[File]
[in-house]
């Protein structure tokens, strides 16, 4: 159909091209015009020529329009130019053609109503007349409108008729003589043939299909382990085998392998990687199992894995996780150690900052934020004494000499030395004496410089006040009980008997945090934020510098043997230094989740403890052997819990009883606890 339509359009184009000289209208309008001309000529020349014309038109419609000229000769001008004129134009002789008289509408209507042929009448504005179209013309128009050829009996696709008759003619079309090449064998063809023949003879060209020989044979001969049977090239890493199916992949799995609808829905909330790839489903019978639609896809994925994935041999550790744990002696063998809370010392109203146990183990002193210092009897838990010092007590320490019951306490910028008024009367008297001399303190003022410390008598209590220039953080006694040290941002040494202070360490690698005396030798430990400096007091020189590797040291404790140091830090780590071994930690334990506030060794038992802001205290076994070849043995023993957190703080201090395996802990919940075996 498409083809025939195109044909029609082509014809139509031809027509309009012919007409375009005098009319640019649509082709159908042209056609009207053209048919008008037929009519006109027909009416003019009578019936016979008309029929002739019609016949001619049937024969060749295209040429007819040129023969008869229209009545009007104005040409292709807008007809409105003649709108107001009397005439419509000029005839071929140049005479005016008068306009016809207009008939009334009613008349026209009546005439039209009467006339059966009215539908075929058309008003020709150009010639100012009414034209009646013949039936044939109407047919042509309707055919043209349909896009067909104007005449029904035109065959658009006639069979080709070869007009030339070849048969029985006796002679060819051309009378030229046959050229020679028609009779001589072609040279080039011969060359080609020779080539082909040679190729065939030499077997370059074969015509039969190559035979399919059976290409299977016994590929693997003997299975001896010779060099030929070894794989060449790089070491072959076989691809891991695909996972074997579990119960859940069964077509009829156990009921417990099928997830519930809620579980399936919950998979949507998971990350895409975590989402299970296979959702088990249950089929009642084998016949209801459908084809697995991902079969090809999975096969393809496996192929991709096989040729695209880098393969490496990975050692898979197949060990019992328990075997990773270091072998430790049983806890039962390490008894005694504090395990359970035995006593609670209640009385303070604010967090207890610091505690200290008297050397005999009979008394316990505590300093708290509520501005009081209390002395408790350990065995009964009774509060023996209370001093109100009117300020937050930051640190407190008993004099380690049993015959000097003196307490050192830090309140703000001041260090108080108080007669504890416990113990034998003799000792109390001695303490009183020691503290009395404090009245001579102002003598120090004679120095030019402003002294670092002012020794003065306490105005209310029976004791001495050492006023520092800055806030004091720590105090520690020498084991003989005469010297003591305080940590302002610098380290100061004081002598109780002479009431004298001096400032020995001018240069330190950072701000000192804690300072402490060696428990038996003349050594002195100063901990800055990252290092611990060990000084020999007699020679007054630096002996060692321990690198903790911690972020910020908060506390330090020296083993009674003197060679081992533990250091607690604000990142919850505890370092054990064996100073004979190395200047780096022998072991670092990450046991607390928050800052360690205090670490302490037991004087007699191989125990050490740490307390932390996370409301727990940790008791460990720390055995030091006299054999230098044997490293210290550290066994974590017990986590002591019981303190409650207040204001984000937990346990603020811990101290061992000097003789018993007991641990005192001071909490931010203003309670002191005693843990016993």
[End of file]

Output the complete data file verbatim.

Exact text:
[in-house]
């Protein structure tokens, strides 16, 4: 159909091209015009020529329009130019053609109503007349409108008729003589043939299909382990085998392998990687199992894995996780150690900052934020004494000499030395004496410089006040009980008997945090934020510098043997230094989740403890052997819990009883606890 339509359009184009000289209208309008001309000529020349014309038109419609000229000769001008004129134009002789008289509408209507042929009448504005179209013309128009050829009996696709008759003619079309090449064998063809023949003879060209020989044979001969049977090239890493199916992949799995609808829905909330790839489903019978639609896809994925994935041999550790744990002696063998809370010392109203146990183990002193210092009897838990010092007590320490019951306490910028008024009367008297001399303190003022410390008598209590220039953080006694040290941002040494202070360490690698005396030798430990400096007091020189590797040291404790140091830090780590071994930690334990506030060794038992802001205290076994070849043995023993957190703080201090395996802990919940075996 498409083809025939195109044909029609082509014809139509031809027509309009012919007409375009005098009319640019649509082709159908042209056609009207053209048919008008037929009519006109027909009416003019009578019936016979008309029929002739019609016949001619049937024969060749295209040429007819040129023969008869229209009545009007104005040409292709807008007809409105003649709108107001009397005439419509000029005839071929140049005479005016008068306009016809207009008939009334009613008349026209009546005439039209009467006339059966009215539908075929058309008003020709150009010639100012009414034209009646013949039936044939109407047919042509309707055919043209349909896009067909104007005449029904035109065959658009006639069979080709070869007009030339070849048969029985006796002679060819051309009378030229046959050229020679028609009779001589072609040279080039011969060359080609020779080539082909040679190729065939030499077997370059074969015509039969190559035979399919059976290409299977016994590929693997003997299975001896010779060099030929070894794989060449790089070491072959076989691809891991695909996972074997579990119960859940069964077509009829156990009921417990099928997830519930809620579980399936919950998979949507998971990350895409975590989402299970296979959702088990249950089929009642084998016949209801459908084809697995991902079969090809999975096969393809496996192929991709096989040729695209880098393969490496990975050692898979197949060990019992328990075997990773270091072998430790049983806890039962390490008894005694504090395990359970035995006593609670209640009385303070604010967090207890610091505690200290008297050397005999009979008394316990505590300093708290509520501005009081209390002395408790350990065995009964009774509060023996209370001093109100009117300020937050930051640190407190008993004099380690049993015959000097003196307490050192830090309140703000001041260090108080108080007669504890416990113990034998003799000792109390001695303490009183020691503290009395404090009245001579102002003598120090004679120095030019402003002294670092002012020794003065306490105005209310029976004791001495050492006023520092800055806030004091720590105090520690020498084991003989005469010297003591305080940590302002610098380290100061004081002598109780002479009431004298001096400032020995001018240069330190950072701000000192804690300072402490060696428990038996003349050594002195100063901990800055990252290092611990060990000084020999007699020679007054630096002996060692321990690198903790911690972020910020908060506390330090020296083993009674003197060679081992533990250091607690604000990142919850505890370092054990064996100073004979190395200047780096022998072991670092990450046991607390928050800052360690205090670490302490037991004087007699191989125990050490740490307390932390996370409301727990940790008791460990720390055995030091006299054999230098044997490293210290550290066994974590017990986590002591019981303190409650207040204001984000937990346990603020811990101290061992000097003789018993007991641990005192001071909490931010203003309670002191005693843990016993």